Traditional tissue engineering applications aim to produce tissue models functioning as a replacement for damaged tissues by the introduction of desired biomolecules and/or cells to the damaged region. Controlled deposition of these biomolecules and cells holds great importance since differentiation/proliferation and subsequent cellular behavior are highly dependent on the relationship between cells and the biomolecular and physicochemical properties of the surrounding tissues. 3D bioprinting is one of the most reliable techniques for such applications, and the choice of biomaterials interacting with enclosed cells is one of the key parameters to achieve proper tissue models. Each additional different material within the tissue replacement unit brings its own cytotoxicity risks with them, and natural polymeric material mimics can be seen as the optimum solution to avoid any related issue. Artificial cell studies in a relationship with biomaterials are a rising focus of interest in this particular research area due to their cell-like behavior and non-toxic nature.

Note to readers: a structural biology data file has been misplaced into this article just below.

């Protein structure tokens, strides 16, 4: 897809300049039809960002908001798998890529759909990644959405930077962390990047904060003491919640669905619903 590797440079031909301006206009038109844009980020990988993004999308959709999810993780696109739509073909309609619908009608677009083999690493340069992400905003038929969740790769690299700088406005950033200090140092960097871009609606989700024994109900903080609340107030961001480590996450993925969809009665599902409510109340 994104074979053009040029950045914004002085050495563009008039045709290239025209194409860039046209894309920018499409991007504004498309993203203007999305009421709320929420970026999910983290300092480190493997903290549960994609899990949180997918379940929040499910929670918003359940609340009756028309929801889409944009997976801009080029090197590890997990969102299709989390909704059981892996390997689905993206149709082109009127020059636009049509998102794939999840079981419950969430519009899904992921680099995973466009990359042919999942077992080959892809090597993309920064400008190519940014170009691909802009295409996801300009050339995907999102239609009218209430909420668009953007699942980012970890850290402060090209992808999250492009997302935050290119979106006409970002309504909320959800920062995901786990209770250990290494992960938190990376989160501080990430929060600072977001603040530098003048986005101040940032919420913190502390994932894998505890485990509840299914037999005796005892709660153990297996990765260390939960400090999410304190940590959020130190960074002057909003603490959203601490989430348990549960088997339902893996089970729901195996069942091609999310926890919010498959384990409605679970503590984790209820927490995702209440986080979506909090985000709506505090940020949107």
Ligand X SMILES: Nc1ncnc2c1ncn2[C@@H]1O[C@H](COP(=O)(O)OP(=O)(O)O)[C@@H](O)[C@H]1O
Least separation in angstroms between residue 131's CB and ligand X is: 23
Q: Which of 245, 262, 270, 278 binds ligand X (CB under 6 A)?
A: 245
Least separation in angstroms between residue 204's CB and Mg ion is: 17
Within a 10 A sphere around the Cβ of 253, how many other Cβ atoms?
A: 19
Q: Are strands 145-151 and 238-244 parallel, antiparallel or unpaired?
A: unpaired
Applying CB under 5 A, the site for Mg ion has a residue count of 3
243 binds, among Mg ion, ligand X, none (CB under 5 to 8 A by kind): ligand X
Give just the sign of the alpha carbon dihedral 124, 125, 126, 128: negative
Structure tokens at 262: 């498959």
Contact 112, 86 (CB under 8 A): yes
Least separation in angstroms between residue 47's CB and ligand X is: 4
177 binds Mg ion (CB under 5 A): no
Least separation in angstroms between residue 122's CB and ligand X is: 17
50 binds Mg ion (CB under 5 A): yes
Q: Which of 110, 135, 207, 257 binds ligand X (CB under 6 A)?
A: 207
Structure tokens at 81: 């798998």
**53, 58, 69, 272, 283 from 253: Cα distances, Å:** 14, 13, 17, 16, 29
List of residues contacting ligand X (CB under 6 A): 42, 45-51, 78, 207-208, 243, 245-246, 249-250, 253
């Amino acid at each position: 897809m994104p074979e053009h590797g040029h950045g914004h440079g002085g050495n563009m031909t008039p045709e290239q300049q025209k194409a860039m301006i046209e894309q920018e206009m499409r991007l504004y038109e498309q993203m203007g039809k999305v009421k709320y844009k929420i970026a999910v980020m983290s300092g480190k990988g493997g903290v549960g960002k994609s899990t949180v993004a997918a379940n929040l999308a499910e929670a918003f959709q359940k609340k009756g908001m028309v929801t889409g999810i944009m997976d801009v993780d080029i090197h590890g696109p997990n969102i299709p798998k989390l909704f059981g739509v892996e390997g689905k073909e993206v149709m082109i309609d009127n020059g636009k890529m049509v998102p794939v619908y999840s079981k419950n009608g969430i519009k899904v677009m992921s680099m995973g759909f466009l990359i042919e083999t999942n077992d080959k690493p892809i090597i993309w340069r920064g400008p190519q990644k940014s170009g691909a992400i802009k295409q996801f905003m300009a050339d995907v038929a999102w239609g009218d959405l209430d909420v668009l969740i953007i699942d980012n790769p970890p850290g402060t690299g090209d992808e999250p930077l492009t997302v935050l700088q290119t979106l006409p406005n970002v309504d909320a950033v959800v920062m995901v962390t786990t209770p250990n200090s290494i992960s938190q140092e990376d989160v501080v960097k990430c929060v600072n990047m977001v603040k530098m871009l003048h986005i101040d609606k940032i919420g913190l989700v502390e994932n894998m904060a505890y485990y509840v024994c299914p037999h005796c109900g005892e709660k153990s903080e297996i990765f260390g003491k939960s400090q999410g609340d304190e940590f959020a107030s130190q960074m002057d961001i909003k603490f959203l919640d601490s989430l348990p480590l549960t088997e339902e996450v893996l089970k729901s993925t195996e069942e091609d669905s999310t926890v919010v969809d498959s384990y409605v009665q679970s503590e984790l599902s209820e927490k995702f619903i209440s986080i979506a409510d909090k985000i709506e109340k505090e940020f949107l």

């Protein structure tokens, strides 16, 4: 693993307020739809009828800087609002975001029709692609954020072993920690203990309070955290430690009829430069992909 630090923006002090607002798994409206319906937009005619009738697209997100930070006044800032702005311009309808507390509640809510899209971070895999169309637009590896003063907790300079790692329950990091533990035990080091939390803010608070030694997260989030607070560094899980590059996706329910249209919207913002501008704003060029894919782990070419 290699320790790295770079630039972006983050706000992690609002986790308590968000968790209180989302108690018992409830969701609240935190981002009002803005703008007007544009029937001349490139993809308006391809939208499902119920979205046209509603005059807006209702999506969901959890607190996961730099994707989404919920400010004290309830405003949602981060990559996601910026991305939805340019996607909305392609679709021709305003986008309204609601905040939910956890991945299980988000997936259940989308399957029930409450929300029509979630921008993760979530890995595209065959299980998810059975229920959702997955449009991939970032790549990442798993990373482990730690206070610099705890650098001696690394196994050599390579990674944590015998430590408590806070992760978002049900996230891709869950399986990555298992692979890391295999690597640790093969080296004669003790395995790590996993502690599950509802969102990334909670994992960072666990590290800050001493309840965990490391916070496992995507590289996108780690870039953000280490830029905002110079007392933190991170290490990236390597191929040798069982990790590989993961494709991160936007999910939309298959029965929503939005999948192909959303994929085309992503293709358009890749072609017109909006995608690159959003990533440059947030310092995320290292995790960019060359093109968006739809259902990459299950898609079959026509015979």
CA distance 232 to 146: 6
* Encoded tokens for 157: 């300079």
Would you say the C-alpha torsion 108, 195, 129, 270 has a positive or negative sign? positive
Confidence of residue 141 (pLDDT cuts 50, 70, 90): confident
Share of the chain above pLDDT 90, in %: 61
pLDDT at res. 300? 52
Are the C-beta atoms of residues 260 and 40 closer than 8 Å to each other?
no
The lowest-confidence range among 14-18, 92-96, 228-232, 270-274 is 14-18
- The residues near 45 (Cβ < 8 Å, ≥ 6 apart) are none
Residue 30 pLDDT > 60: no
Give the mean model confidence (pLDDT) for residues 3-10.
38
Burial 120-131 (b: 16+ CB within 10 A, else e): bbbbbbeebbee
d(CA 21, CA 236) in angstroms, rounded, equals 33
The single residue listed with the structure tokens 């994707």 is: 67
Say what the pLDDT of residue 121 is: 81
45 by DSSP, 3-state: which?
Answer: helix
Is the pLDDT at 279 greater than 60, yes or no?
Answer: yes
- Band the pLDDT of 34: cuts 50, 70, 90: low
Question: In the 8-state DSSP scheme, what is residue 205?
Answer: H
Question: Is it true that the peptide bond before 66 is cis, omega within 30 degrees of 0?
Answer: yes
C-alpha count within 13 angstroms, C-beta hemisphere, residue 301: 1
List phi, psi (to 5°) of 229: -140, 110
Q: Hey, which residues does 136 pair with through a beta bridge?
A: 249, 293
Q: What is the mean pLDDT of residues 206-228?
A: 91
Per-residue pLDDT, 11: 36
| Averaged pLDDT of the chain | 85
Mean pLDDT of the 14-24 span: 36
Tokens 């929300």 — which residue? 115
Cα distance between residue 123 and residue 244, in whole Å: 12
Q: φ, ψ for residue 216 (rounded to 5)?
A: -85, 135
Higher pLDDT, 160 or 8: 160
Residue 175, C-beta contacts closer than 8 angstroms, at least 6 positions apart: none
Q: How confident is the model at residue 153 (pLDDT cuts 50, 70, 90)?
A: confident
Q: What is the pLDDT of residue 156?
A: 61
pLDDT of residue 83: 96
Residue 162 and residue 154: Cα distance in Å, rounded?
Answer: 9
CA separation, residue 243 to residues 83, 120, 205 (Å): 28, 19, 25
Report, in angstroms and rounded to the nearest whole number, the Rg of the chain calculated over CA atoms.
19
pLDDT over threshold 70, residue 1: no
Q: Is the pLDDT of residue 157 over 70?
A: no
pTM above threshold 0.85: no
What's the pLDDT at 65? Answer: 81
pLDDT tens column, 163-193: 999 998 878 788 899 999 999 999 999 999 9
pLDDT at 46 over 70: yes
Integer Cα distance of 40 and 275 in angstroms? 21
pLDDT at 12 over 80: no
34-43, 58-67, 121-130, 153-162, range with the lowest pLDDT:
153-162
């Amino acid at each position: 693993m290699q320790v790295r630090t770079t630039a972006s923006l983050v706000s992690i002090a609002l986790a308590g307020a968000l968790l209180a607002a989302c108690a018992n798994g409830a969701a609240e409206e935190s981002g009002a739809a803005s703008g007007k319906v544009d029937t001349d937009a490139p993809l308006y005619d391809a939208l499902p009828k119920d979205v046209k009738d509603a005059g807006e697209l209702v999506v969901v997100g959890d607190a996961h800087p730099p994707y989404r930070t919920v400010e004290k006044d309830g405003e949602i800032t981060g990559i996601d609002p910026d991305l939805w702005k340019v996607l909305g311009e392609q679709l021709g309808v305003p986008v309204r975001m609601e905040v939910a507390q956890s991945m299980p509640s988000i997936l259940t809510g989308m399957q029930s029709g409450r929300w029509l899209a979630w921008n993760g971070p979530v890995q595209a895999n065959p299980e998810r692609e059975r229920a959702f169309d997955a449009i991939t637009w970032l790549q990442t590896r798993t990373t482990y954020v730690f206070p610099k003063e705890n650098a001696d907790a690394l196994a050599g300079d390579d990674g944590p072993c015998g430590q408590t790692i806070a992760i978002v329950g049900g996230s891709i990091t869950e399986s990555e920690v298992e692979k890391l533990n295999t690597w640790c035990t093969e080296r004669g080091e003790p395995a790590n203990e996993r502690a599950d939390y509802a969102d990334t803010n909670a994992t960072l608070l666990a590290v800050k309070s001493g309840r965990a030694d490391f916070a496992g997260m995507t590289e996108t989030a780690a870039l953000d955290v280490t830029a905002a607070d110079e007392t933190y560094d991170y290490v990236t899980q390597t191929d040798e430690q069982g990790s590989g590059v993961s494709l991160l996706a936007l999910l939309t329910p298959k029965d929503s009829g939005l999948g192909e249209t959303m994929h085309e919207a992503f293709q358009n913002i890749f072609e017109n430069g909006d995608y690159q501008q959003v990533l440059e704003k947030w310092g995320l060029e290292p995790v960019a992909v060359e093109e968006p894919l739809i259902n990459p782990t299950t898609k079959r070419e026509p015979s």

In this research project, we aim to synthesize coacervate-based artificial cells that carry differentiation-inducing cues and/or regeneration-supporting agents to use them as natural cell mimicking artifacts along with real cells within 3D bioprinted structures. The effect of structural and mechanical properties of produced 3D units on cellular behavior, controlled induction of cellular fate, and induction/inhibition of proliferation will be studied along with the project duration with a special interest in specific tissue types.